California Republican Party: Heal, Thyself

GOP Generic

Last weekend's California Republican Party state convention showed the extent to which the party activists are out of touch with the state and its pressing needs.

By taking a firm stand against allowing the public to decide on whether to adopt Democratic Governor Jerry Brown's proposal to continue temporary tax increases, the Republican Party further isolated itself from mainstream California. In the process, the convention mandate has left precious little room for Republican legislators to maneuver their way to common ground with the Democratic majority.

Republican activists aren't alone in being out of touch with the mainstream. A recent statewide poll finds that both major parties are more extreme than California voters, the lion's share of whom are moderates. But Democrats have two factors in their favor that the Republicans don't: a sizable majority in the legislature and the projection of compassion for those suffering in the state.

Now, with only 31 percent of the state self-identifying as Republicans, the party runs the risk of being marginalized to the point of political irrelevance in the nation's most populous state.

It doesn't have to be that way.

Republicans will succeed only if they embrace the state's evolving demography. Historically, the party has played to a conservative, upper middle class White base.  That worked reasonably well during '60s, '70s, '80s and even '90s, but it doesn't work today. And the base is eroding quickly.

In the 2010 November election, non-Latino whites were 42 percent of the state's population and 65 percent of the voters.

Those numbers declined from 2000, when non-Latino Whites accounted for 50 percent of the state's population and 72 percent of the voters.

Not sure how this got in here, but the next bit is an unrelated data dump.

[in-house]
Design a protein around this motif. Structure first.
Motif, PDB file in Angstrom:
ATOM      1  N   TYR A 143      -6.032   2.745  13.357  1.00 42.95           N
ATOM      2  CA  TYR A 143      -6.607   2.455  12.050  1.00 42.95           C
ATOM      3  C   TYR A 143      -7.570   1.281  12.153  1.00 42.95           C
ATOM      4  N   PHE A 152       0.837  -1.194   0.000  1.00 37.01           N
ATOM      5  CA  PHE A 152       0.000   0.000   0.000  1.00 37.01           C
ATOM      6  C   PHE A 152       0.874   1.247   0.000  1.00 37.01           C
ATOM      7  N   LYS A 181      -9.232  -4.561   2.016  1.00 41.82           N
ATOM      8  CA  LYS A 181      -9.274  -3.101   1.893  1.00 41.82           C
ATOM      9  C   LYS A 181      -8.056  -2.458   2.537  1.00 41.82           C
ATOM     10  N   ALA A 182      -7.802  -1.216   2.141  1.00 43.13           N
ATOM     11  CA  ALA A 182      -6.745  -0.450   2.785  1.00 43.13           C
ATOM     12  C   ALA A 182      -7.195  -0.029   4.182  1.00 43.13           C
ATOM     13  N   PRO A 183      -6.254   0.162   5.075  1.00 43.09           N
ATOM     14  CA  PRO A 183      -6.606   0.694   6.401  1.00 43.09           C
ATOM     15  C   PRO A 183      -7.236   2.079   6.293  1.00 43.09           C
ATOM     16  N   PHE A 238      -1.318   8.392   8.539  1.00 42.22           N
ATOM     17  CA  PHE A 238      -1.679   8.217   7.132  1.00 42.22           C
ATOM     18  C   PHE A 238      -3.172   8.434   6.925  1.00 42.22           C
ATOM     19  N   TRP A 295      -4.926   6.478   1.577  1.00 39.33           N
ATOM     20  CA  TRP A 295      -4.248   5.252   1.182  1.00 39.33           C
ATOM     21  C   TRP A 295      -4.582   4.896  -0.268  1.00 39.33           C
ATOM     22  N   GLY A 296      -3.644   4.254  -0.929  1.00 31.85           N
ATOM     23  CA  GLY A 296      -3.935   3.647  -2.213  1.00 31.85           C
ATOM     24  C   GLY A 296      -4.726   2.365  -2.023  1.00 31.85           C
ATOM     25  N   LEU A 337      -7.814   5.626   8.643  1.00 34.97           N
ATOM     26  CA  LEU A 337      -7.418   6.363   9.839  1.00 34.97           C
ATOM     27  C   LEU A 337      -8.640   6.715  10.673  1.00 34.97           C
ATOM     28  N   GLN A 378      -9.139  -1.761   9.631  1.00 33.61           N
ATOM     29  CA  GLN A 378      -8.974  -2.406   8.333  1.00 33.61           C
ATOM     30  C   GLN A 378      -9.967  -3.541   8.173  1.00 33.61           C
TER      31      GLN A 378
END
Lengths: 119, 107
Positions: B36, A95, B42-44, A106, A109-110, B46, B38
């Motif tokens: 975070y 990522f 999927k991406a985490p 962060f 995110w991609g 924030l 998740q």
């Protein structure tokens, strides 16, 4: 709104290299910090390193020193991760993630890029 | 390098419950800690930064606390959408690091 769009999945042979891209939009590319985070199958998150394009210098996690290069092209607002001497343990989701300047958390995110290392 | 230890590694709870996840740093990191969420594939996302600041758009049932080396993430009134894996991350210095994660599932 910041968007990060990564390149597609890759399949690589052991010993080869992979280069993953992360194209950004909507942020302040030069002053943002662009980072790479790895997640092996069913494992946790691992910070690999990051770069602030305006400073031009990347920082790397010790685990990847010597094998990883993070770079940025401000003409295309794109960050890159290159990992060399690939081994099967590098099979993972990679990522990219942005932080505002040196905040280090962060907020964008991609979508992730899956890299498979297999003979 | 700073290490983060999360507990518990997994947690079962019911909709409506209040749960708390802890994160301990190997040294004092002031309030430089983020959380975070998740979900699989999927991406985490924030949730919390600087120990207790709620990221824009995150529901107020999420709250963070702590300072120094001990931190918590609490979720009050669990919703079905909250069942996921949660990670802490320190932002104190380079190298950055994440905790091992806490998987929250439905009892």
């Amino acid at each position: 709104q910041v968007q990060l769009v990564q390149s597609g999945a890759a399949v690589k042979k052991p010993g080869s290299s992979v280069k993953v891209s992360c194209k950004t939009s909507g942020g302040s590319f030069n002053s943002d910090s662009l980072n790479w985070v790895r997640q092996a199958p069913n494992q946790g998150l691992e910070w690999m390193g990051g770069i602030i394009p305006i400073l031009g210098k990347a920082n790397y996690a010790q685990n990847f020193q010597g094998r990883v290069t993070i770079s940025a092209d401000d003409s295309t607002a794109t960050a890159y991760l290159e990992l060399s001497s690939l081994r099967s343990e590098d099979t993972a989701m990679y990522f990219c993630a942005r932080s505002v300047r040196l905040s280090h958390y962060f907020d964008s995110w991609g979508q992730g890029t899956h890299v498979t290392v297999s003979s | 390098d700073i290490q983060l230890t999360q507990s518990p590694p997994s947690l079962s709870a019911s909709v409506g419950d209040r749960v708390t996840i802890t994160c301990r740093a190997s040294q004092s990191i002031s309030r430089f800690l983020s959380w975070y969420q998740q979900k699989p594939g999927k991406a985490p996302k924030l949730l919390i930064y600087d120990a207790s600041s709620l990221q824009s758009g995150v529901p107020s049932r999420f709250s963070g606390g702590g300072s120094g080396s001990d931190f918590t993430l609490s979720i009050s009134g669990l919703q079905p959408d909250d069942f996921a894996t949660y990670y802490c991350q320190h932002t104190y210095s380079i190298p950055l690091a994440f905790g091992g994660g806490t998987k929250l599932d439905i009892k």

Bottom line: California is changing fast and the Republicans have their heads in the sand.

What to do?

Republicans need to reach out meaningfully to Latinos and Asians, whose numbers in the state grew by 28 percent and 32 percent respectively over the past decade. The party needs to find issues that these groups care about -- and there are plenty such as public education, job training, and immigration-related concerns such as driver's licenses for undocumented immigrants.

As the party of a "free economy," Republicans can do these things without giving up their traditional position on low taxes, but it has to be done in a thoughtful, caring way along the lines that George W. Bush used in 2000 when he won as a "compassionate conservative."

Democrats have had a field day because they have tapped into minority groups without any challenge from Republicans. As such, minorities have supported Democrats in overwhelming numbers, putting the Republicans in jeopardy.

The next few days will tell us much about the future of the state's Republican Party. If Republicans in the legislature use their skills wisely, they will find a way to permit the public to vote on the tax proposals whose revenues are desperately needed to maintain important programs for Californians, particularly minorities.

If they don't, Republicans increasingly will look not only as the party of "no," but the party of the past.

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